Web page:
Pricing

“If you think it’s expensive to hire a professional, wait until you hire an amateur.”
 

Before quoting a price, it’s always best to see the job in person, to measure accurately and to gauge the prep required.

The Wallpaper Lady prices projects by the job, not by the roll.

In the Houston market, her price is generally neither the highest nor the lowest, but falls reasonably in the middle.

There are many factors that come into play … size of the room, difficulty of the job, type of paper, type of wall prep required, materials needed, accessibility (3rd floor with a 50lb bucket of paste?), parking, drive time, etc.

In most cases, prepping the walls (stripping old paper, smoothing a textured surface, priming) and materials for prepping and hanging are included. Wallpaper is not included.

If you are considering hiring another installer, be sure you are comparing apples to apples and oranges to oranges. The Wallpaper Lady says: “I’ve got decades of experience, take great pride in my work, take care while in your home (use dropcloths, don’t bang my equipment into furniture or walls), am trustworthy for the clients who leave me in their homes while they go to work, I communicate well with my clients and show up on the day I said I would, and I clean up when I’m done. My price also covers membership in the Wallcovering Installer’s Association (WIA), continuing education, gas, vehicle, tools, advertising, and my web site – which is probably how you found me.

“I’ve got experience with all sorts of materials, from paper to vinyl to non-woven to natural fibers, I know which primer to use on which wall condition, I know which paste to use for which type of paper, I know how to keep paste stains off grasscloth and how to prevent blushing on delicate fibers, I follow the method of “working clean,” and I maintain my tools and equipment properly.”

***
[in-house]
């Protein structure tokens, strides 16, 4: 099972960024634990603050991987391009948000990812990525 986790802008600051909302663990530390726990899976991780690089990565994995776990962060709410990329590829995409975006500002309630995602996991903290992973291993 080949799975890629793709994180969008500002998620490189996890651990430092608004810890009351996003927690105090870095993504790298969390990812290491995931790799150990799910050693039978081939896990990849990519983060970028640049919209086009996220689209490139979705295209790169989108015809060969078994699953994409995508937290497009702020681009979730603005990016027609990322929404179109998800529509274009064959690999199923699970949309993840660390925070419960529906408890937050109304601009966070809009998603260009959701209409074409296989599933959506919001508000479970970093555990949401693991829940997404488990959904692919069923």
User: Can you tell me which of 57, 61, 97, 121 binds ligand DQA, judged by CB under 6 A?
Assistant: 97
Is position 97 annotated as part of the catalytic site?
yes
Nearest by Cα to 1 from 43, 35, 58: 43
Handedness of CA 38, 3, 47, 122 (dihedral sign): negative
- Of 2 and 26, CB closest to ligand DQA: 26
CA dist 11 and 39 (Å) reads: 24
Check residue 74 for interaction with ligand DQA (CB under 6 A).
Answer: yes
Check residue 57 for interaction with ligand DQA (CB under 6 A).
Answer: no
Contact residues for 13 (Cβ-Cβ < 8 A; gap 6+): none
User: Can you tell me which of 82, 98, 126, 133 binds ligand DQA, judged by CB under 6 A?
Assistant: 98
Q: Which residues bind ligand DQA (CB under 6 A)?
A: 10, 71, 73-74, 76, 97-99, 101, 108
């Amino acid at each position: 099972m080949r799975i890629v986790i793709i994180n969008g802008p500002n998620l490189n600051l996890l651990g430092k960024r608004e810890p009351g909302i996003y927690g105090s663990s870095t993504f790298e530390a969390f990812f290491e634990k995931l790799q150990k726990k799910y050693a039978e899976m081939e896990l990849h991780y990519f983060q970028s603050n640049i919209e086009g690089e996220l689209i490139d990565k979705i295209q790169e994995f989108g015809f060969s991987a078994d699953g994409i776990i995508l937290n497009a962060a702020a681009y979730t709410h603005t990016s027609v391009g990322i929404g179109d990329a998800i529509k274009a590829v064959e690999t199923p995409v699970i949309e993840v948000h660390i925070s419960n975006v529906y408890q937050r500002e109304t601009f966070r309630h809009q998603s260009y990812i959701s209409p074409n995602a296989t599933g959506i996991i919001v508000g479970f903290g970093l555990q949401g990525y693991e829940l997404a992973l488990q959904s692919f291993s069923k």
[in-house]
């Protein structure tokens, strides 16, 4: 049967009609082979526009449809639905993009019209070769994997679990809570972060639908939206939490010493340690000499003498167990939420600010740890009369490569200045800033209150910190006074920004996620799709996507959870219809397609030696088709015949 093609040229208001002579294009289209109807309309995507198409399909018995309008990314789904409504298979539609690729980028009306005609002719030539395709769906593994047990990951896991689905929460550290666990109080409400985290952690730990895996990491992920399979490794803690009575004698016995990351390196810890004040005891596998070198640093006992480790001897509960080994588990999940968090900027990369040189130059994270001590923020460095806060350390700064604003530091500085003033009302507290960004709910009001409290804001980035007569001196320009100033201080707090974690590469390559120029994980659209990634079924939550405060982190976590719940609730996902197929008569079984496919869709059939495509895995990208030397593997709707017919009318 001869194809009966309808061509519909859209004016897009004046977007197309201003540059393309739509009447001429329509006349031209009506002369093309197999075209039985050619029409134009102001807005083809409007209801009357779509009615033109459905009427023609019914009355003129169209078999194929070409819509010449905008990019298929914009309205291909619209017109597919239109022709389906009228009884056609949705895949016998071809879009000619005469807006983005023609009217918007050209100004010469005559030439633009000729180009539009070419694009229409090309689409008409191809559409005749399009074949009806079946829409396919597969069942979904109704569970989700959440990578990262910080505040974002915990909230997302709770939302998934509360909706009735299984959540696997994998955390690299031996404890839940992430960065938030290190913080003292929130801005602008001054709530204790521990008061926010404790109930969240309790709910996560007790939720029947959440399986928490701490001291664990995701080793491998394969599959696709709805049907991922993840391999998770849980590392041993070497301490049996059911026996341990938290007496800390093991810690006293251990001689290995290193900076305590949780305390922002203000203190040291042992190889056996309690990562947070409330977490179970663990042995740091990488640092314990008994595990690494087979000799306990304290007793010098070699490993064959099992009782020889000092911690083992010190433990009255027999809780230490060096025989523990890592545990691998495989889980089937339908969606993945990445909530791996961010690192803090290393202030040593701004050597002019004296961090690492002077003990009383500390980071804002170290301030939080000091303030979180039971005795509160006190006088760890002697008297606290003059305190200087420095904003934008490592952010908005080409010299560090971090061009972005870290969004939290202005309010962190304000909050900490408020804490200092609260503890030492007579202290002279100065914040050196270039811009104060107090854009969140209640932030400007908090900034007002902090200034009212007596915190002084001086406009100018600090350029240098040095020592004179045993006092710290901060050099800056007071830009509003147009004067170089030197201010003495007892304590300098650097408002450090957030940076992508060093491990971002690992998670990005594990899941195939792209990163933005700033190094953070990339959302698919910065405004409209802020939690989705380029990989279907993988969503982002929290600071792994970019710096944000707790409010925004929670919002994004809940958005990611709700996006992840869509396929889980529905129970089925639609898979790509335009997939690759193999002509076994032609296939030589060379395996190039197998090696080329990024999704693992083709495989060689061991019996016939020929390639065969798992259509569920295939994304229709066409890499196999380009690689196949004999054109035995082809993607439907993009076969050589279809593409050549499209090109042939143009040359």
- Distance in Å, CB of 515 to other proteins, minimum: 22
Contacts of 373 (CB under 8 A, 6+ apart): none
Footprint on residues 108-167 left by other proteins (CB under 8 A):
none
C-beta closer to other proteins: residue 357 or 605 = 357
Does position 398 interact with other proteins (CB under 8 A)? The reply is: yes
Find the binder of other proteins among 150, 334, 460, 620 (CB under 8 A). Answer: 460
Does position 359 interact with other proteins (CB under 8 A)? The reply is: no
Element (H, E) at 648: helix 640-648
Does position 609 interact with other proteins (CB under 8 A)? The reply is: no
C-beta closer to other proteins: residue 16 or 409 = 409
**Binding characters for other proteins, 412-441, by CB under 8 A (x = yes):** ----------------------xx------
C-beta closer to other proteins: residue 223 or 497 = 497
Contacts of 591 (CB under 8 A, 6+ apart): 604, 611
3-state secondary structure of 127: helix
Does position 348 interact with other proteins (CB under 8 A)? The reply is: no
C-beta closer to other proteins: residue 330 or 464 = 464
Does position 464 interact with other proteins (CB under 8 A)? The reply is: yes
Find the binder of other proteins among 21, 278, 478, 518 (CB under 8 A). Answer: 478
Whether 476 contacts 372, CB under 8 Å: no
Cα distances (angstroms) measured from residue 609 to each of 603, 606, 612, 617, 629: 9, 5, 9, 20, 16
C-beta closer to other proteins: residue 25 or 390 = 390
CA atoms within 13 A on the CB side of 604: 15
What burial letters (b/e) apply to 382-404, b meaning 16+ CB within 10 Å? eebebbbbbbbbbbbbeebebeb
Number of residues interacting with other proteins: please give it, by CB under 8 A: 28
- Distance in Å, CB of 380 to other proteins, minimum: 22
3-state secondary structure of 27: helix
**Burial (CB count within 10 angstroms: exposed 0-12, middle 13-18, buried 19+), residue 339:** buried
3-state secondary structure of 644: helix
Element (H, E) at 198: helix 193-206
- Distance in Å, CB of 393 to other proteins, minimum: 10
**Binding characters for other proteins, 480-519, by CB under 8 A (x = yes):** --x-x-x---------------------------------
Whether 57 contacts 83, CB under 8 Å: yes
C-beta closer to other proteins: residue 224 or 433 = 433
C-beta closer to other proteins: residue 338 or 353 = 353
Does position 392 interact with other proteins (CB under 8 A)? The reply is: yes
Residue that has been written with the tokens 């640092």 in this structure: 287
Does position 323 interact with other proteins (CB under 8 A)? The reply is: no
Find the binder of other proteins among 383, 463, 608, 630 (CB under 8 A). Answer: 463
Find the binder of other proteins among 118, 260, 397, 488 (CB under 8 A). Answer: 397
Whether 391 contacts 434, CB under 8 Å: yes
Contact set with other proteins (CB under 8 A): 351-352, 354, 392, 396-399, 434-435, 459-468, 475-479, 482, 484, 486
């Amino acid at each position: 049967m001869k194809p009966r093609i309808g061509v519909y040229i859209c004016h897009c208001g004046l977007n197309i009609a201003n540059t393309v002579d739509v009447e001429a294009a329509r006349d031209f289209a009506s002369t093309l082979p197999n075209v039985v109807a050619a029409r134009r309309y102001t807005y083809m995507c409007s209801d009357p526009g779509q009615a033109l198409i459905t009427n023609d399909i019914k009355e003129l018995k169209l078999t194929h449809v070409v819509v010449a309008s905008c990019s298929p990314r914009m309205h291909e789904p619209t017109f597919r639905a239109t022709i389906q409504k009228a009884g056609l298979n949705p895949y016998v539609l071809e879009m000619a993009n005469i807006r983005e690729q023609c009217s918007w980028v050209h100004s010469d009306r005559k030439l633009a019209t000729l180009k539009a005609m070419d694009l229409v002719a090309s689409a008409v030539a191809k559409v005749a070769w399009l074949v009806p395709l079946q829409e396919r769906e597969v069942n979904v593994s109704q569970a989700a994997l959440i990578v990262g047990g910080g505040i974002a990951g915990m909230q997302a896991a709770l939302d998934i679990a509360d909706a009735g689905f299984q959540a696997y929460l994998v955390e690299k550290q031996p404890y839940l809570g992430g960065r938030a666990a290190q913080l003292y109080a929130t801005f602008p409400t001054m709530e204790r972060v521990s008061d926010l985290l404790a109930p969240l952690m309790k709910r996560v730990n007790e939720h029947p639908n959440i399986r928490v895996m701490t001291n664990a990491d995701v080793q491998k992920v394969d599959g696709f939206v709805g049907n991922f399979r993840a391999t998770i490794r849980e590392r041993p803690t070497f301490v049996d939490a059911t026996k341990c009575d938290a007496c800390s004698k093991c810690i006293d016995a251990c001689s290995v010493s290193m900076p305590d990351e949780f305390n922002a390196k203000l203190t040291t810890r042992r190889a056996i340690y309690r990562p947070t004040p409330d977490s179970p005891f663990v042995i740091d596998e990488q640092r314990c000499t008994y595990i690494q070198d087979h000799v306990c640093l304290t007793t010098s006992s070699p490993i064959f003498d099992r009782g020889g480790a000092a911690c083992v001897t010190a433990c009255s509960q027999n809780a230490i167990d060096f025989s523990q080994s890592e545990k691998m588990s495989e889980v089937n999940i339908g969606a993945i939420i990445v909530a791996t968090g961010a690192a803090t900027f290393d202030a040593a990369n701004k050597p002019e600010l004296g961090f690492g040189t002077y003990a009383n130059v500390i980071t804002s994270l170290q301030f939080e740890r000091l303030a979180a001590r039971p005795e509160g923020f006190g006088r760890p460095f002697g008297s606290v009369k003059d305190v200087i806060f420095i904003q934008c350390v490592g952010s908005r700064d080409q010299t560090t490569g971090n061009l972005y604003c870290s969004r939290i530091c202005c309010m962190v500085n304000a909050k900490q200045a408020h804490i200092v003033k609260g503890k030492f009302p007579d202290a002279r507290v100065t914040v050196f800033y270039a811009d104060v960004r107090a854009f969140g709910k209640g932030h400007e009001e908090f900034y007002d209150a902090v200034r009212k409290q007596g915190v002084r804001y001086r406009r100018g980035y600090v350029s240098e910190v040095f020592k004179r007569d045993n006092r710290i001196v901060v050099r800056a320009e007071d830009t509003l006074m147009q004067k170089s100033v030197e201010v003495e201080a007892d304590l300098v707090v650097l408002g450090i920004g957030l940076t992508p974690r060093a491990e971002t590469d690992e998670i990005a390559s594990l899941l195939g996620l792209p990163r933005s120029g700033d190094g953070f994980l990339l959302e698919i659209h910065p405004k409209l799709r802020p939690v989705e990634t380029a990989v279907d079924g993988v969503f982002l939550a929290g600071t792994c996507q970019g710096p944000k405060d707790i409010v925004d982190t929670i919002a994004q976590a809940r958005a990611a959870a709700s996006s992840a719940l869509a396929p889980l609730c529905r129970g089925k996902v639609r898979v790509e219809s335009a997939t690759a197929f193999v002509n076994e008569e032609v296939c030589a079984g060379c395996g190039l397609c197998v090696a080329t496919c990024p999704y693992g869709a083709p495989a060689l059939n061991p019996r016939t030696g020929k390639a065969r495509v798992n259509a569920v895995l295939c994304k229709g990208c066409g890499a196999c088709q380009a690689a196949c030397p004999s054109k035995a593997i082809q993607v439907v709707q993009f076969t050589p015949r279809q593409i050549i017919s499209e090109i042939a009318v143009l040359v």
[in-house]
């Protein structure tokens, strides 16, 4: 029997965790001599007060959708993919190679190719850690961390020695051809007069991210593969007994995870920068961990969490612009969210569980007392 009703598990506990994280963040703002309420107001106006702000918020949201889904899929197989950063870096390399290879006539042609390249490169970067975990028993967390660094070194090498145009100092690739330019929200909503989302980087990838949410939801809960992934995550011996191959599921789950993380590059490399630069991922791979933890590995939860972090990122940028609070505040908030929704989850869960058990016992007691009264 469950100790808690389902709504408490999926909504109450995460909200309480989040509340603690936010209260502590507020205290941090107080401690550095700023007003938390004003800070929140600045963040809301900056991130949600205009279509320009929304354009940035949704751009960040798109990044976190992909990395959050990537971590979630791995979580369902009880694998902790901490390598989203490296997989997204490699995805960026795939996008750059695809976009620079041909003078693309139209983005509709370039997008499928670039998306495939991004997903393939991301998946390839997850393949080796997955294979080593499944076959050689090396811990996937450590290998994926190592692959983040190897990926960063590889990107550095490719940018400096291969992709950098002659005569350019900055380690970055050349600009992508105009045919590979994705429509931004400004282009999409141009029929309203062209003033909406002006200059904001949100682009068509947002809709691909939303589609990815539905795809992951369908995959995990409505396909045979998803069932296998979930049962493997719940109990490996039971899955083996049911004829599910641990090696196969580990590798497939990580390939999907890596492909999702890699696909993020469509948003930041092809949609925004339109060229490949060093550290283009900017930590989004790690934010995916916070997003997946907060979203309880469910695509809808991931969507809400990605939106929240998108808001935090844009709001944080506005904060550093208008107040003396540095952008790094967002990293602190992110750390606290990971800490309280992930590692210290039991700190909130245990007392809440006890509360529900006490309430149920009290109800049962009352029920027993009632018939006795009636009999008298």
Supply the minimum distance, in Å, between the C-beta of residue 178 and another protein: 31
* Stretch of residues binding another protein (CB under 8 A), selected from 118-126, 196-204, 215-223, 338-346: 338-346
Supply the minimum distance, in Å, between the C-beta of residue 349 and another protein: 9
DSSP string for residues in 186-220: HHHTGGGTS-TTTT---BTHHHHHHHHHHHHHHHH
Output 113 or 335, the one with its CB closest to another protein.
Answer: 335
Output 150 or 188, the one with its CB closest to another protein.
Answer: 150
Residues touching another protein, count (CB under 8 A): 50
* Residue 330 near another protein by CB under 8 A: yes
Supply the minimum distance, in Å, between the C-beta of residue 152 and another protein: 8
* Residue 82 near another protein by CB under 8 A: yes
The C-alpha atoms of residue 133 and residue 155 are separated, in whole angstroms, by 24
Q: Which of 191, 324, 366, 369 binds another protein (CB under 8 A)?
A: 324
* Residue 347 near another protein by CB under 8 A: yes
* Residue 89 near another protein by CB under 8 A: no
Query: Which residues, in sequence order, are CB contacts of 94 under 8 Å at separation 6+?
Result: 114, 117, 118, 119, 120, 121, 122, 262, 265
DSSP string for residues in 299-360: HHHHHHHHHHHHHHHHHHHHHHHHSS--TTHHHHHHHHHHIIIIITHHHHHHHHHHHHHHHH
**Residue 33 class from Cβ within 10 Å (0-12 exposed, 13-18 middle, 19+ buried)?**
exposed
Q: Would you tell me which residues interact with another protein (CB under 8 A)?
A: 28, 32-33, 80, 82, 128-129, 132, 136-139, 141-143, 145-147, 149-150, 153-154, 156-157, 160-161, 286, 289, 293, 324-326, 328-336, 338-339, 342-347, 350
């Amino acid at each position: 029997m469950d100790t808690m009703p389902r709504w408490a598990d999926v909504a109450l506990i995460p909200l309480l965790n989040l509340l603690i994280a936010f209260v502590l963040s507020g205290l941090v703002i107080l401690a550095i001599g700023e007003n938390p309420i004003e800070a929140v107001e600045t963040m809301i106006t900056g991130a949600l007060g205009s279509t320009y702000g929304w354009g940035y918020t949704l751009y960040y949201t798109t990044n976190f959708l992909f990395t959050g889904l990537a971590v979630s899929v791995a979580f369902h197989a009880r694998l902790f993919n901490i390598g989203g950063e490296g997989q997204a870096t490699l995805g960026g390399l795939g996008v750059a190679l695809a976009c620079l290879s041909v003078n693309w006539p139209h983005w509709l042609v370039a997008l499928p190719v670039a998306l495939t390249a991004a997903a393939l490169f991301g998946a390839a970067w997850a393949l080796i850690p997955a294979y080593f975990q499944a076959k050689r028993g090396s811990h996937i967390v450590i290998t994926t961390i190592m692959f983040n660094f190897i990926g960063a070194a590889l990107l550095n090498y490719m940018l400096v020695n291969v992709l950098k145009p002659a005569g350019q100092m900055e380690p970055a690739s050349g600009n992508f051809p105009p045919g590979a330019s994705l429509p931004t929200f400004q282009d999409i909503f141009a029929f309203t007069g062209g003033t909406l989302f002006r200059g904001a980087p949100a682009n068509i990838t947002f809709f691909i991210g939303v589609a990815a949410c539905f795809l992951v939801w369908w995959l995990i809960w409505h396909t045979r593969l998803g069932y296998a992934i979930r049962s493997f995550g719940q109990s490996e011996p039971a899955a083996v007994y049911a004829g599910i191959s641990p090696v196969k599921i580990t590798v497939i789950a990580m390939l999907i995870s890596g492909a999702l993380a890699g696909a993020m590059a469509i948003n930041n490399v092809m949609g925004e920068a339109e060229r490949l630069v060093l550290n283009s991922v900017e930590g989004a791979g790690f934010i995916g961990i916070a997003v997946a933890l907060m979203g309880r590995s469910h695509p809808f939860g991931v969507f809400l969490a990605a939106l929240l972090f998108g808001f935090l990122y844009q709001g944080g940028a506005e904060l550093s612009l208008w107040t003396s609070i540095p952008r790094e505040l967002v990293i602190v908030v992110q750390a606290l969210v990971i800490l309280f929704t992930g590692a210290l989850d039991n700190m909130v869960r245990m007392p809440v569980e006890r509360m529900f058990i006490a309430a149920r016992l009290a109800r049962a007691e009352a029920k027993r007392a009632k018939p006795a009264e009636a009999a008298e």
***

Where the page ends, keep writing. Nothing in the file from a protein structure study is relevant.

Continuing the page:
The Wallpaper Lady adds: “I am always amazed when I tell people that I can’t get to their job for several months, and they reply that they are willing to wait.” People who have had bad work, or mediocre work, appreciate talent and skill, and are willing to wait for a job that will be beautiful and that will last.

“If you pay peanuts, you get monkeys.”

“The other guy was cheaper, but he wasn’t as good. And I don’t think he cared much about what he was doing.”

“Julie, can you fix this? We hired a national chain, because they were $50 cheaper. (to hang 10 rolls of paper worth $100 each) They didn’t remove the old paper or do any prep, and they were perplexed that the new paper had to be hand-trimmed. They worked fast because they had another job to do that afternoon. The pattern doesn’t match in places, there are white lines showing at the seams, and the corners are twisting. We are at the end of our budget and can’t redo the room, but if you can make it look just a little better, we will be happy – but we wish we had hired you in the first place.”

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